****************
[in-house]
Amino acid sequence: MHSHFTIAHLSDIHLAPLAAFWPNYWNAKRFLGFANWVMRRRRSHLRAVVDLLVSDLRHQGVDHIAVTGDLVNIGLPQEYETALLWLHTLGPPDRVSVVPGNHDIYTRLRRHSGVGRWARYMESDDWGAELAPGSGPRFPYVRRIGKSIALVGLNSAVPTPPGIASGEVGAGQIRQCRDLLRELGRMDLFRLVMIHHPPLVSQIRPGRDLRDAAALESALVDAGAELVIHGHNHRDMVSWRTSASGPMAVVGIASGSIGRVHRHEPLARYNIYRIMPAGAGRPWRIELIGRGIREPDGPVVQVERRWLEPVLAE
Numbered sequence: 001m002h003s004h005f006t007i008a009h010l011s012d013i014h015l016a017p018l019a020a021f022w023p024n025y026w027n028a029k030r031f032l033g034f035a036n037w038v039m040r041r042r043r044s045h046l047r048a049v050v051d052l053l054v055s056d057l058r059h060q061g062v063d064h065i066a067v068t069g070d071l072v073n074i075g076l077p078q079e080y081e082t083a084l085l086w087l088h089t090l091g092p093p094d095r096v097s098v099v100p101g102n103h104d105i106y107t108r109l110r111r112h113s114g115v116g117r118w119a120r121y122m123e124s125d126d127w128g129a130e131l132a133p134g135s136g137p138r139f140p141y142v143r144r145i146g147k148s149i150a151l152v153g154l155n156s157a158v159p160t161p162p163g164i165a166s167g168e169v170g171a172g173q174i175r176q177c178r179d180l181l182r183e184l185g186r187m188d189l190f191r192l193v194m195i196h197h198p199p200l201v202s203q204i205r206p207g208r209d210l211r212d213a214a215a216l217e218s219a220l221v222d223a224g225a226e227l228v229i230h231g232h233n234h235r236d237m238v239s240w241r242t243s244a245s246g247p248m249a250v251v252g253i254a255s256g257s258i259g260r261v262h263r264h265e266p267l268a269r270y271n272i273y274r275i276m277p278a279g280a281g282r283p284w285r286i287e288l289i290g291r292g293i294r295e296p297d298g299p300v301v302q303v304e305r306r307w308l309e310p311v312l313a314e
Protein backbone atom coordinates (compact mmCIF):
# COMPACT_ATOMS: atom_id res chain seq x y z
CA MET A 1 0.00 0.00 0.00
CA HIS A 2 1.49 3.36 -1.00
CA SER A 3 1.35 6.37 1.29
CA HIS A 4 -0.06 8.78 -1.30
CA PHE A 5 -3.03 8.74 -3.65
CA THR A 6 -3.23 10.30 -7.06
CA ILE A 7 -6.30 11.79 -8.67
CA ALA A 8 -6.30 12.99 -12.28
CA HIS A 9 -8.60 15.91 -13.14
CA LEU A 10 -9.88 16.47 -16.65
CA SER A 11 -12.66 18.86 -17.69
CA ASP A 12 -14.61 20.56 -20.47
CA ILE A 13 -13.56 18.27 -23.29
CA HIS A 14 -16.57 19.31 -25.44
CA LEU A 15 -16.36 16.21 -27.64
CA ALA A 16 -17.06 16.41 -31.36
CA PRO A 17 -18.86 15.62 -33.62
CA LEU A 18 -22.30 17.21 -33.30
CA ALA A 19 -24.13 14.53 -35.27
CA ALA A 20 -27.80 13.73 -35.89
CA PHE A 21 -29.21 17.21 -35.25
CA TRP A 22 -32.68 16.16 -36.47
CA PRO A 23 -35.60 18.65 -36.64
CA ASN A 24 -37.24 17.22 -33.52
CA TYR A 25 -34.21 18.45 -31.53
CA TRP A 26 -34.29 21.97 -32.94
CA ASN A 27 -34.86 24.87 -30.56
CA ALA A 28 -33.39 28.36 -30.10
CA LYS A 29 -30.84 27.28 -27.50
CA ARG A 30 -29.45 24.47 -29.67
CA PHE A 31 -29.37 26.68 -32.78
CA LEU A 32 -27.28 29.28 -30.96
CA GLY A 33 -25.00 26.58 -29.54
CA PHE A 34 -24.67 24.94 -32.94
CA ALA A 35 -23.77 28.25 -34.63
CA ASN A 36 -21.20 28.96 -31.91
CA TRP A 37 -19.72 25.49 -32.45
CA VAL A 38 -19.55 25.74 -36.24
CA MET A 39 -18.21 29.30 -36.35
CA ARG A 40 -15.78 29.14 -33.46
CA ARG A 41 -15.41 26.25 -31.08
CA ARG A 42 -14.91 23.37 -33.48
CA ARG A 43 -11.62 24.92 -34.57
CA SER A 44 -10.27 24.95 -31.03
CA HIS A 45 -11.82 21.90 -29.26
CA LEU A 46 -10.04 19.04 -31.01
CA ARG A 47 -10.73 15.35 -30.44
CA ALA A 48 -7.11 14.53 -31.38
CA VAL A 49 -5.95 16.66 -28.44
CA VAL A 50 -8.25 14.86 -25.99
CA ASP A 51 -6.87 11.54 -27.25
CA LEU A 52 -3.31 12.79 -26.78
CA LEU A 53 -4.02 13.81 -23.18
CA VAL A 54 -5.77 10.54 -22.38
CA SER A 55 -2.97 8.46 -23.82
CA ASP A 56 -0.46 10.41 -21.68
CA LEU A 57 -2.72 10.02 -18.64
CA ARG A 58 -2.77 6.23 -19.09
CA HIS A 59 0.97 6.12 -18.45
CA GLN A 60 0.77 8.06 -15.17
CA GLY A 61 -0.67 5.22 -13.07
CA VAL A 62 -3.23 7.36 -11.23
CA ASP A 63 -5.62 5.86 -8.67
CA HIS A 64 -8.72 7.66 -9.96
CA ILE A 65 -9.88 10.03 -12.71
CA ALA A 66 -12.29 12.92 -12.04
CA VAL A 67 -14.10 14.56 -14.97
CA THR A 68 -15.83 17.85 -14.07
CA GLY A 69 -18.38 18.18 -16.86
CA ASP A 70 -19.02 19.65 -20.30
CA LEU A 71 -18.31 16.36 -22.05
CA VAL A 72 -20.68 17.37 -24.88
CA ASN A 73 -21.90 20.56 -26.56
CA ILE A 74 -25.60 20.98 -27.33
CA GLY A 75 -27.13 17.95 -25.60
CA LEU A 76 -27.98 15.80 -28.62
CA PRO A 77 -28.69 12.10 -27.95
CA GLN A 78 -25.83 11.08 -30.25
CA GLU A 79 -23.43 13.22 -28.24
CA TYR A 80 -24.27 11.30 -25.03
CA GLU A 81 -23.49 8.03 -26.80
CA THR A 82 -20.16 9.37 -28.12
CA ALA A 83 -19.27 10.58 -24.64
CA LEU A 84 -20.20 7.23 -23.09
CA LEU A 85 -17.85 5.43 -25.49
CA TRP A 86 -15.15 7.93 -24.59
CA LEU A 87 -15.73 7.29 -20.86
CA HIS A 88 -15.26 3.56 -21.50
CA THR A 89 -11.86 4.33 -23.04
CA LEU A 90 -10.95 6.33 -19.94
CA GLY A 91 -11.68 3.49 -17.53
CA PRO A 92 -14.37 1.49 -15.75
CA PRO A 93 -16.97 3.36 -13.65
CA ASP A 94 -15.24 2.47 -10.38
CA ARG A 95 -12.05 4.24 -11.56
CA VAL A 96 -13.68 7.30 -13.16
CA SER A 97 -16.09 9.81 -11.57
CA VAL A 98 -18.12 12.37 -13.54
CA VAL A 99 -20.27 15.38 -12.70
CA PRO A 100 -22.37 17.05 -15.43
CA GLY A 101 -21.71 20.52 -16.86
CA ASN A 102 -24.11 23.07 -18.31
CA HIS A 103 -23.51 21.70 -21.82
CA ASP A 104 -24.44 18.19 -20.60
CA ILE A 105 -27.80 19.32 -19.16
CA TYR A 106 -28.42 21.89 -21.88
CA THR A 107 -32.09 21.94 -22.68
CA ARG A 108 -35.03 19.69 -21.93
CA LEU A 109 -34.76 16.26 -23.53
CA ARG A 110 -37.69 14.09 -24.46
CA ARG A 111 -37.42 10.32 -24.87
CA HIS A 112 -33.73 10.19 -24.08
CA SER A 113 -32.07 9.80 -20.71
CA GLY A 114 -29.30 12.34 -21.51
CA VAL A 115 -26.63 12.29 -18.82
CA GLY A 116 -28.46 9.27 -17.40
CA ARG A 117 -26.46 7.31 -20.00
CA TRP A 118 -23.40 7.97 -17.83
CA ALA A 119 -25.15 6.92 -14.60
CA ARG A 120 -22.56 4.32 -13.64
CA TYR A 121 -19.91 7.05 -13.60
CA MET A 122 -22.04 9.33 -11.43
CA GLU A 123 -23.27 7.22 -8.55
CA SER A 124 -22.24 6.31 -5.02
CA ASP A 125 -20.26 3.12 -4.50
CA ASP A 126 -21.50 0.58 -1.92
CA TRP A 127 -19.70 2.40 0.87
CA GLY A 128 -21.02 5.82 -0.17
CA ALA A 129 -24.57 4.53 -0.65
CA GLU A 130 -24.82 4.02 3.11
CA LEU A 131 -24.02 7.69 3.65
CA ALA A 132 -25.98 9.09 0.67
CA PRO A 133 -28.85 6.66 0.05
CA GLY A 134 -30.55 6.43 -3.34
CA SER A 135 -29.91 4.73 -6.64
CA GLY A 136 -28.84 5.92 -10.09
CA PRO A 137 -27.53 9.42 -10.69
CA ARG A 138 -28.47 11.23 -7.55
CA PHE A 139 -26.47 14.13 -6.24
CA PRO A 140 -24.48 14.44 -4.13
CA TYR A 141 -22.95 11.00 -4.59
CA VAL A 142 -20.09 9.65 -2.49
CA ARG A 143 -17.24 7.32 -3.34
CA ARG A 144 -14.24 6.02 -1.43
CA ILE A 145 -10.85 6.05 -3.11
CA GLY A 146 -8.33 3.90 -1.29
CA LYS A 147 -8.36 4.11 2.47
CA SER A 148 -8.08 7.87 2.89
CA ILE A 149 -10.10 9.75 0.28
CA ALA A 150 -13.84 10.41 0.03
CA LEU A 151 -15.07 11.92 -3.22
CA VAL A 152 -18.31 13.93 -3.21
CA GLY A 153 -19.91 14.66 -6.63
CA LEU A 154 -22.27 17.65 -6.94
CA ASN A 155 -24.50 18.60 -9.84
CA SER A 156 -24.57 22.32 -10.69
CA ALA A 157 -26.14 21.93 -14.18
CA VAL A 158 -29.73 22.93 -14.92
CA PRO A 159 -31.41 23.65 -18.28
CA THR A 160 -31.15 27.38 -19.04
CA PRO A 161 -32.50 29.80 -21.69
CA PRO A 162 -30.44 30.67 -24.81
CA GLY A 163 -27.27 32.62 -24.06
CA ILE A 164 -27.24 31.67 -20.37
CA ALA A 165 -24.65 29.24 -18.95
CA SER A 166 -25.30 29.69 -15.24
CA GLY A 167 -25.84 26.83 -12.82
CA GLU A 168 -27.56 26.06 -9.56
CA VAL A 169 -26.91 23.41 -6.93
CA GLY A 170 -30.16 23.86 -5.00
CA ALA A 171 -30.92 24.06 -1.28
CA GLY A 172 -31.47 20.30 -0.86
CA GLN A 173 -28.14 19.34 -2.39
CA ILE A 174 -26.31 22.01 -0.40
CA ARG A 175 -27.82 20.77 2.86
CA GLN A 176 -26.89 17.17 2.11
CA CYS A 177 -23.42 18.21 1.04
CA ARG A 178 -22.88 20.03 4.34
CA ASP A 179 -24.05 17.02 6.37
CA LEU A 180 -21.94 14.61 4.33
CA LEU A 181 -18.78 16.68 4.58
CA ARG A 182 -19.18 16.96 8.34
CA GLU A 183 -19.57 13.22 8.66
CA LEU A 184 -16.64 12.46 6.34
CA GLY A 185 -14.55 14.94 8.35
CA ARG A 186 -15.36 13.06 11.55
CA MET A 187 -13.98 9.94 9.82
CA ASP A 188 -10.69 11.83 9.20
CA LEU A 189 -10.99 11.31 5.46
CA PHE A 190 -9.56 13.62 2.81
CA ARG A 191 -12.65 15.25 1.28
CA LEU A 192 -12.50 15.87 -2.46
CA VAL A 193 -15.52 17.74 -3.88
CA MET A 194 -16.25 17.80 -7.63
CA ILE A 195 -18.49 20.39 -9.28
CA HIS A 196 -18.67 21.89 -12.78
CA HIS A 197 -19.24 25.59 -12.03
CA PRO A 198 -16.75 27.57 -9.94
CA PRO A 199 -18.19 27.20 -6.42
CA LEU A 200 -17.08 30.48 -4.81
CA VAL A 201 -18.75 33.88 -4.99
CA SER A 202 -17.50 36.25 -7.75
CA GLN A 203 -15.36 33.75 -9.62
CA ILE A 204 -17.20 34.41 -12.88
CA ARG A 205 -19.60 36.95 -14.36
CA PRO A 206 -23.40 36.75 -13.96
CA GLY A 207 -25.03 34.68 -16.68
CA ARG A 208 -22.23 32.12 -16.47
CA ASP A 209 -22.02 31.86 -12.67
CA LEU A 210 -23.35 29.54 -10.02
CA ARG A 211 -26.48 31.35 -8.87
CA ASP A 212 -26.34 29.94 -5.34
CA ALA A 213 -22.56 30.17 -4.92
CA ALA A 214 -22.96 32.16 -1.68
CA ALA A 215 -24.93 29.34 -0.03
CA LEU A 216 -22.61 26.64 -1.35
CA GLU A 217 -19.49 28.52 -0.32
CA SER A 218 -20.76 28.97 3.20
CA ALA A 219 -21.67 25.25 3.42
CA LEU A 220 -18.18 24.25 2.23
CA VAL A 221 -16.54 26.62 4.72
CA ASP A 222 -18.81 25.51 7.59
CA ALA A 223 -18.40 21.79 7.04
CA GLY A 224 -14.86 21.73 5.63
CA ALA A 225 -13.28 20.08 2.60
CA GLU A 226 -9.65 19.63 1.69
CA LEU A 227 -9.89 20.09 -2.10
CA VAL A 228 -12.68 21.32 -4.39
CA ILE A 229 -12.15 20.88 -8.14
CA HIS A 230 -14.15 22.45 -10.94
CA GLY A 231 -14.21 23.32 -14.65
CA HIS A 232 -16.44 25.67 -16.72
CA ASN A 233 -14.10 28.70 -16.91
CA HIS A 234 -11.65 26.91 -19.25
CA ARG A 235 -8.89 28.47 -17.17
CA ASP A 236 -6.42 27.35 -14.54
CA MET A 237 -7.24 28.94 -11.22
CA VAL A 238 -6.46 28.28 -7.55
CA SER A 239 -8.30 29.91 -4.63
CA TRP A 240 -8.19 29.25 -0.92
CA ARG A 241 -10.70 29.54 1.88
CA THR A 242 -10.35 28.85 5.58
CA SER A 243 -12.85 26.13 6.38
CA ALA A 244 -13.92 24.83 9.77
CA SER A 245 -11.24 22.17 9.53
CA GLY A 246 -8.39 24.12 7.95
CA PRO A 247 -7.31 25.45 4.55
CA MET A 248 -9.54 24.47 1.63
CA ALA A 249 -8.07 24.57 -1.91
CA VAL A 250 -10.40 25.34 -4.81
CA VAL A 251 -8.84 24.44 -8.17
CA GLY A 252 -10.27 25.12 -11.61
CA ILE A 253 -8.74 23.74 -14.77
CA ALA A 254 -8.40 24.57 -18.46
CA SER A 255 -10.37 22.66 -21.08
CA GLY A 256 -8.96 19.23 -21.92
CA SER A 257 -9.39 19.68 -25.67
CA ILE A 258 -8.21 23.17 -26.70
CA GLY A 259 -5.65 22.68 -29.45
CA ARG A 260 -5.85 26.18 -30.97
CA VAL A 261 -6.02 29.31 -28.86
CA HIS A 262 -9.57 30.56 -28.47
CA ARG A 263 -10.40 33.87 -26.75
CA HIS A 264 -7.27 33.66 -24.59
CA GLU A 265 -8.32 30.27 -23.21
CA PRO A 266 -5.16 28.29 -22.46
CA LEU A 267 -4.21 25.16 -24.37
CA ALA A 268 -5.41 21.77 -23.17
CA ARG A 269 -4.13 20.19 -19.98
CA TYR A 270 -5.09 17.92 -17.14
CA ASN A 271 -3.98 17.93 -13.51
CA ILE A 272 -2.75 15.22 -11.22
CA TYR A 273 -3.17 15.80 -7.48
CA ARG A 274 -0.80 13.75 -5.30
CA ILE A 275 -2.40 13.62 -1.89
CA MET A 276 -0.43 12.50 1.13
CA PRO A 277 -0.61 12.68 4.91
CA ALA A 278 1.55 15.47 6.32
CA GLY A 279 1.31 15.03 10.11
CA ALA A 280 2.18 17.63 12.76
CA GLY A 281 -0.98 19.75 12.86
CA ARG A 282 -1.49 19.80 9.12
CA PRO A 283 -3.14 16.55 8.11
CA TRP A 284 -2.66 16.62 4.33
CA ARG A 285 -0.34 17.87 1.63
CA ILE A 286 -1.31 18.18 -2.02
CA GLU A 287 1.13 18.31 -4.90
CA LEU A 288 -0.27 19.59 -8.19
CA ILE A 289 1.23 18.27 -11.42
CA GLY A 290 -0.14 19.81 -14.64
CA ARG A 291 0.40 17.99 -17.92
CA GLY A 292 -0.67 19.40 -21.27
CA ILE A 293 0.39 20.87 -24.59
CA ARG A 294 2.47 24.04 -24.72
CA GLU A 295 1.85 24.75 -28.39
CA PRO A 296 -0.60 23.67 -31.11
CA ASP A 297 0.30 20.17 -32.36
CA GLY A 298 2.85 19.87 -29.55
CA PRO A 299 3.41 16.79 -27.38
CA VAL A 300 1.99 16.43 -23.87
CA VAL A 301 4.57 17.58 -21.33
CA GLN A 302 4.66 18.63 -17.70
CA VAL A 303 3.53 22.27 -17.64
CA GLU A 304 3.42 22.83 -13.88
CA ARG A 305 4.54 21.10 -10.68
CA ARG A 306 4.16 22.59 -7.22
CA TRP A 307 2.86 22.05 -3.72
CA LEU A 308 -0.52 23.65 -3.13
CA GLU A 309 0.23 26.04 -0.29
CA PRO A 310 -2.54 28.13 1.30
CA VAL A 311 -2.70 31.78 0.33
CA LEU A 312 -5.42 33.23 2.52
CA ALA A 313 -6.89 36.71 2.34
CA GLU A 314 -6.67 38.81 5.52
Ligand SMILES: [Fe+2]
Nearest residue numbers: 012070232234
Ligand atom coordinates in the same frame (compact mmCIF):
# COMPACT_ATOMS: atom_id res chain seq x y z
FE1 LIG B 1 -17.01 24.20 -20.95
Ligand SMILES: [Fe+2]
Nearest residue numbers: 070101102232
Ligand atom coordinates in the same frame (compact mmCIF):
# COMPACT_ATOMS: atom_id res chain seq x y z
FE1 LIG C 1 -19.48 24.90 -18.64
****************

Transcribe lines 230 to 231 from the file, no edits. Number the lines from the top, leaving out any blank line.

CA ALA A 225 -13.28 20.08 2.60
CA GLU A 226 -9.65 19.63 1.69